Asparagus is a perennial vegetable that dies down in winter and regrows each spring. It is part of its own asparagus family (Asparagaceae) but was formerly considered part of the lily family, which also includes onions garlic and leeks.

Asparagus is native across much of Europe. The edible part of asparagus is the new shoot known as a ‘spear’. Left unharvested, it forms clumps of tall, woody, cane-like growth with ferny leaves. Asparagus spears are low in calories but high in folates, dietary fibre and vitamins A, C and K. It can be eaten raw, steamed, or grilled.

Follow our seven easy steps to successful asparagus harvest including tips along the way

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When to plant

Asparagus can be grown in all regions, but does best in areas with long, cold winters and mild summers. Check with your hardware or garden centre for advice on the suitability of asparagus to your location.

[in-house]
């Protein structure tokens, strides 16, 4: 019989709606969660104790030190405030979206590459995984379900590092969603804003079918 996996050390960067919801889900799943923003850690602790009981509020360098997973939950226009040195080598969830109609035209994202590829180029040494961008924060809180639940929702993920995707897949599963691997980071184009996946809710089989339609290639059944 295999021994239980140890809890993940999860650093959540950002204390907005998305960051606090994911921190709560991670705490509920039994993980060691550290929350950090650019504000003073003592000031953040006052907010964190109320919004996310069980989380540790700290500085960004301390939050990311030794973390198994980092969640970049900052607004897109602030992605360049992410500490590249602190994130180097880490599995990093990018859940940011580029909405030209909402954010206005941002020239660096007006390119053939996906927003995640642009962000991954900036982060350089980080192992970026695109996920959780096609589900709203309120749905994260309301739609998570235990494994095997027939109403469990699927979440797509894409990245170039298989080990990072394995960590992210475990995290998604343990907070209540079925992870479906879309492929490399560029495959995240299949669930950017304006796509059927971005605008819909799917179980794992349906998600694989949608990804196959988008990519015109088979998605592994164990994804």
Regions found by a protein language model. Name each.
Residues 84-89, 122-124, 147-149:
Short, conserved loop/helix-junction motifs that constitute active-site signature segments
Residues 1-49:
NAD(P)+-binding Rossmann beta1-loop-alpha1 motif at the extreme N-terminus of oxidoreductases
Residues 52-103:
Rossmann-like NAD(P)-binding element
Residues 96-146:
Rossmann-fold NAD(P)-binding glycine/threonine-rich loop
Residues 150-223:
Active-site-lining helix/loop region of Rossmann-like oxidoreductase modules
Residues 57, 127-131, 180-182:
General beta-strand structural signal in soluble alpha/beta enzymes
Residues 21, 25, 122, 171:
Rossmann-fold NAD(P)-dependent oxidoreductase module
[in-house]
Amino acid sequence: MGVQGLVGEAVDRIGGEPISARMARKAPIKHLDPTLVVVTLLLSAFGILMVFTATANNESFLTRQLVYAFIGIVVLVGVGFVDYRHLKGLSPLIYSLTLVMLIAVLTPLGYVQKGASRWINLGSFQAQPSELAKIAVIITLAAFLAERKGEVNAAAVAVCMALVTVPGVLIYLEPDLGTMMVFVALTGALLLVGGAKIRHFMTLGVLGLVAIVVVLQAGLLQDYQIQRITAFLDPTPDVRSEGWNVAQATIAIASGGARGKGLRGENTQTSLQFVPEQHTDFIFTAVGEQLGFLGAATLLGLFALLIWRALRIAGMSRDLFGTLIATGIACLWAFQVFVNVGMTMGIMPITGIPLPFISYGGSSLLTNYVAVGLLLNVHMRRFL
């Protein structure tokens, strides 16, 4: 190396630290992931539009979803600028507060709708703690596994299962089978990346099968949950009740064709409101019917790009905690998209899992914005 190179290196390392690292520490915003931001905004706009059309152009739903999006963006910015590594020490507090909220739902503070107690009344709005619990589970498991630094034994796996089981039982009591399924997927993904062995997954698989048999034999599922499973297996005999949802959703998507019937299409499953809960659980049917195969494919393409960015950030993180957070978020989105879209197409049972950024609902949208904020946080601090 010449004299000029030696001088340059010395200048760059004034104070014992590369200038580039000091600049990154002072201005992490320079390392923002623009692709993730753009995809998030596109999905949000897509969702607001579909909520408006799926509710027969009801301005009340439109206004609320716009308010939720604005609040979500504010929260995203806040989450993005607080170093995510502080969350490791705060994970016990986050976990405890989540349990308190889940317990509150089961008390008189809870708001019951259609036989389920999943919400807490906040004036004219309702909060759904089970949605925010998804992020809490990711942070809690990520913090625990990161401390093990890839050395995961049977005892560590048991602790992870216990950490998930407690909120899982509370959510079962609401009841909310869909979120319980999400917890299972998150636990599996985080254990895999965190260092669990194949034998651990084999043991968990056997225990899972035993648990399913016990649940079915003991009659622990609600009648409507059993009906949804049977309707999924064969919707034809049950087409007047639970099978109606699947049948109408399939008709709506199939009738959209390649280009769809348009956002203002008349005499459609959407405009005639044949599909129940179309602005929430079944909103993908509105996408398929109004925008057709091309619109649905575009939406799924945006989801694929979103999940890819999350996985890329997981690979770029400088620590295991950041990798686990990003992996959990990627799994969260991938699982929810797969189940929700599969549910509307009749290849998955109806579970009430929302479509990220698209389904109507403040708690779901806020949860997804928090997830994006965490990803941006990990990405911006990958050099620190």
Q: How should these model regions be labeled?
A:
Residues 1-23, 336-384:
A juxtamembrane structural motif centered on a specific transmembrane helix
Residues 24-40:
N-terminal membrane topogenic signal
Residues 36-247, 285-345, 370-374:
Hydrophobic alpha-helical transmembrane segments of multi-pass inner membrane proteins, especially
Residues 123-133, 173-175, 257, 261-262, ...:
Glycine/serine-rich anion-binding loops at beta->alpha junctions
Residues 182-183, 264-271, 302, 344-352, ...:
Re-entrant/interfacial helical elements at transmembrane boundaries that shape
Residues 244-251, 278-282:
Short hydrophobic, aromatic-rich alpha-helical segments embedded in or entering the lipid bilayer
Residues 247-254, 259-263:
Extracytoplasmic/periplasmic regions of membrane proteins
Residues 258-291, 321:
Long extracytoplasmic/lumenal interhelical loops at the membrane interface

1. Asparagus can be sown from seed, it is the cheapest option, but take three to four years from germination to harvest.
  2. For a quicker harvest, asparagus is usually planted in winter when it is available as a crown, the name given to the dormant root system.
  3. Potted plants are also available from spring to autumn and are ready to plant directly into a prepared garden bed.


  • Once established asparagus can grow and crop for 25 years or more so it’s ideal to plant them in their own garden bed.
  • Plants grow best in a full sun position in soil that holds moisture well, sheltered from wind.
  • Too much shade causes asparagus to become spindly with fewer and thinner spears.
soil TLC tips in summer


Get the soil right to harvest a bumper crop of yummy asparagus.

Follow our steps for easy soil preparation.

  • Asparagus enjoys well-drained sandy or loamy soil, with pH of around6.5 to 7.0.
  • Prepare the soil prior to planting by digging in well-rotted manure and compost or apply Seasol Liquid Compost.
  • Some growers recommend planting asparagus into a trench with a layer of well-rotted manure in its base. Cover manure with a 5cm layer of soil to keep asparagus out of direct contact with manure.
  • A soil rich in nutrients helps build strong plants so add Seasol Plant + Soil Booster (100g per m2) and a fertiliser such as PowerFeed Controlled Release Tomatoes & Vegetables.
  • Water in well and let the soil rest for a week or two if possible.

Step 1 – Planting from seeds.

  • Fill a pot or seed tray with potting mix or seed raising mix and sprinkle with asparagus seeds over the top.